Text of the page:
Volume 7 - Opinions of Counsel SBEA No. 123
Assessment review (standing) (shopping center lessee) (residential tenant) - Real Property Tax Law, §§ 524, 704:
A shopping center lessee who is obligated by lease to pay taxes has the right to administrative and judicial review of the assessment of the property leased. However, a residential apartment tenant does not.
We are asked if a lessee in a shopping center has standing to bring a complaint before the board of assessment review and, subsequently, an Article 7 proceeding for judicial review of the assessment of the property containing the leased premises. We are also asked whether a tenant in an apartment complex has similar standing.
Section 524(3) of the Real Property Tax Law specifies that a complaint to the board of assessment review must be made by “the person whose property is assessed, or by some person authorized in writing by the complainant or his officer or agent to make such statement who has knowledge of the facts stated therein.” While this language implies that the complainant must be an “owner” of the property or his agent, the courts have construed this language more broadly as having to be read in conjunction with Article 7 of the RPTL.
Pursuant to that Article “any person claiming to be aggrieved by any assessment of real property upon any assessment roll” may commence a judicial proceeding for review of that assessment (§ 704(1)). Section 706(2) provides, however, that a petitioner must show that “a complaint was made in due time to the proper officers” to correct the assessment complained of. In McLean’s Department Stores v. Commissioner of Assessment, 2 A.D.2d 98, 153 N.Y.S.2d 342 (3d Dept., 1956), the court concluded that “[s]ince the right of judicial review is preserved for the benefit of persons claiming to be ‘aggrieved,’ it clearly follows that every complainant whose status is comprehended by that term is entitled to complain to the board [of assessment review] and obtain the preliminary review necessarily precedent to the judicial proceeding” (id., 153 N.Y.S.2d, at 345).
The same court has defined an “aggrieved person” as “one whose pecuniary interests are or may be adversely affected [by an assessment]” (People ex rel. Bingham Operating Corp. v. Eyrich, 265 App. Div. 562, 40 N.Y.S.2d 33, at 35 (3d Dept., 1943)). More specifically, a lessee of property obligated to pay taxes during the term of the lease has been held to be a “person aggrieved” and therefore entitled to seek review of an assessment (McLean’s Department Stores, supra; see also, Matter of Burke, 62 N.Y. 224 (1875); and, Arlen Realty and Development Corp. v. Board of Assessors, 74 A.D.2d 904, 425 N.Y.S. 2d 855 (2d Dept., 1980)). In 4 Op. Counsel SBEA No. 87, we concluded that where a mortgagee could be directly affected by an assessment, the mortgagee would have standing to obtain review of an assessment on the mortgaged premises (see also, Suburbia Federal Savings and Loan Association v. Mayor, 76 A.D.2d 841, 428 N.Y.S.2d 323 (2d Dept., 1980), in which the court held that where a mortgagee’s alleged injury is not direct but only a mere possibility, the mortgagee is not an “aggrieved person” entitled to commence a certiorari proceeding). On the facts related to us, therefore, we conclude that the shopping center lessee has standing to obtain administrative and judicial review of the assessment of the property leased.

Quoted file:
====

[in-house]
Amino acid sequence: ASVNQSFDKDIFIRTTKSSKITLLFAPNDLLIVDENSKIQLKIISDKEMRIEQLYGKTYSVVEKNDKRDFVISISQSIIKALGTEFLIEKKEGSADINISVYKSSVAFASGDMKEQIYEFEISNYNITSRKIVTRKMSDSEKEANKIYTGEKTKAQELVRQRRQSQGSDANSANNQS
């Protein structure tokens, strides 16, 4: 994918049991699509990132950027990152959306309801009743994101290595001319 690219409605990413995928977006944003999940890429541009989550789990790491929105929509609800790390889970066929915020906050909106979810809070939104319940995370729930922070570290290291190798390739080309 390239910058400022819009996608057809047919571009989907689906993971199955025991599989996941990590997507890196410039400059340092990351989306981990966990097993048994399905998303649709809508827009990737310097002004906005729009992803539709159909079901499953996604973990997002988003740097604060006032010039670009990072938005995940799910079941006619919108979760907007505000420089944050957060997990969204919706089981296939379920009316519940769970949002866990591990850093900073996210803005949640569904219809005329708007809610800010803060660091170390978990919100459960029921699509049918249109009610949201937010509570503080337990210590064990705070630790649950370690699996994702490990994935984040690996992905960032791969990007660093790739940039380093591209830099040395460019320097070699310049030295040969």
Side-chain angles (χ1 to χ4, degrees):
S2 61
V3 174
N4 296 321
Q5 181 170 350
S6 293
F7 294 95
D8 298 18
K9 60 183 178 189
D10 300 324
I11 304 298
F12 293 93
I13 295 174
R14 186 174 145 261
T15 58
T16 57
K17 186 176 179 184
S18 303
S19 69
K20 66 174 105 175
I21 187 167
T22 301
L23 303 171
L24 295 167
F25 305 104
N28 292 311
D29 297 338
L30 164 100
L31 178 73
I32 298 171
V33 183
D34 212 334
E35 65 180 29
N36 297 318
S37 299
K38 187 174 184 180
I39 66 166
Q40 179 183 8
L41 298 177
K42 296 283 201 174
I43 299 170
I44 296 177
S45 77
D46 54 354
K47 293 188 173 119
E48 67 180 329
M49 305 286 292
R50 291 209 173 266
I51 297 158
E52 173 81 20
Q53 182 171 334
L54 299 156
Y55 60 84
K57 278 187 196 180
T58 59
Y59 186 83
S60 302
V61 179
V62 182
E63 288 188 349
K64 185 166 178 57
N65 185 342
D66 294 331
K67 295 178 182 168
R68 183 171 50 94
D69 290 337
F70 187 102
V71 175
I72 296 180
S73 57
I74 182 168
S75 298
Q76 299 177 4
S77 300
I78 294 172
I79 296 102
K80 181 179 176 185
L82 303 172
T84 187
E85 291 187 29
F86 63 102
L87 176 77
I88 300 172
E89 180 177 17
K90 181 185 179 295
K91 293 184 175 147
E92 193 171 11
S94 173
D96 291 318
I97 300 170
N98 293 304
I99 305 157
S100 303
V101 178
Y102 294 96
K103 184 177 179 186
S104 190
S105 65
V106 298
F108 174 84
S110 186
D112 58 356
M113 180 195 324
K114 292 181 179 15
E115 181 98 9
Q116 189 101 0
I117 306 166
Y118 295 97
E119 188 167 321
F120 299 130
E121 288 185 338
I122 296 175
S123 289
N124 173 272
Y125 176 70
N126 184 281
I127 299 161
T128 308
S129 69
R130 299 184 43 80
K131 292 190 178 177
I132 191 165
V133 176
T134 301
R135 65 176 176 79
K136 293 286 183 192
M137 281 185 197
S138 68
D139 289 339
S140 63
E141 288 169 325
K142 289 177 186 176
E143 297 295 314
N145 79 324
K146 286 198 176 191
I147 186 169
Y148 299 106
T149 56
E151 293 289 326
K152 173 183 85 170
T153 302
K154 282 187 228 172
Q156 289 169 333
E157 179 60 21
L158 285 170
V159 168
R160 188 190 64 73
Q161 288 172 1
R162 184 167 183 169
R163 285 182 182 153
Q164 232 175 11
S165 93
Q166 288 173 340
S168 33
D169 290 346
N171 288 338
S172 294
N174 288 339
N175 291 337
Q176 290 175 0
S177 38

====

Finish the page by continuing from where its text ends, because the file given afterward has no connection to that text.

The same conclusion does not necessarily apply to apartment dwellers. We have not found any reported cases applicable to the rights of residential lessees to challenge assessments. It would appear that, based on the judicial decisions cited above, a tenant must demonstrate his obligation to pay directly the taxes levied on the property or, in some manner, demonstrate that he will be “directly injured” by the assessment. Absent such a showing, a residential renter would be in the same position as the petitioners in the Suburbia Federal case, supra.
It should be noted that Chapter 471 of the Laws of 1978 established assessable property interests for those who rent residential real property. That Chapter made such persons liable for the payment of taxes due on the rental premises and likewise afforded them an opportunity to challenge the assessments on such premises. The effective date of this Chapter, however, has been indefinitely postponed (L.1982, c.893).
It is our opinion, therefore, that without the statutory interest provided by Chapter 471, without liability for the payment of the taxes on the rented property, or absent some other direct injury resulting from the assessment, tenants of residential apartment units do not have standing to complain before the board of assessment review in regard to the assessment of the property in which their apartments are located.
September 7, 1982
Note: Under Larchmont Pancake House v. Board of Assessors of the Town of Mamaroneck, __ NY3d __ (2019), a lessee who is not legally responsible for paying the real property tax on the leased property is not entitled to seek judicial review of the assessment under RPTL Article 7.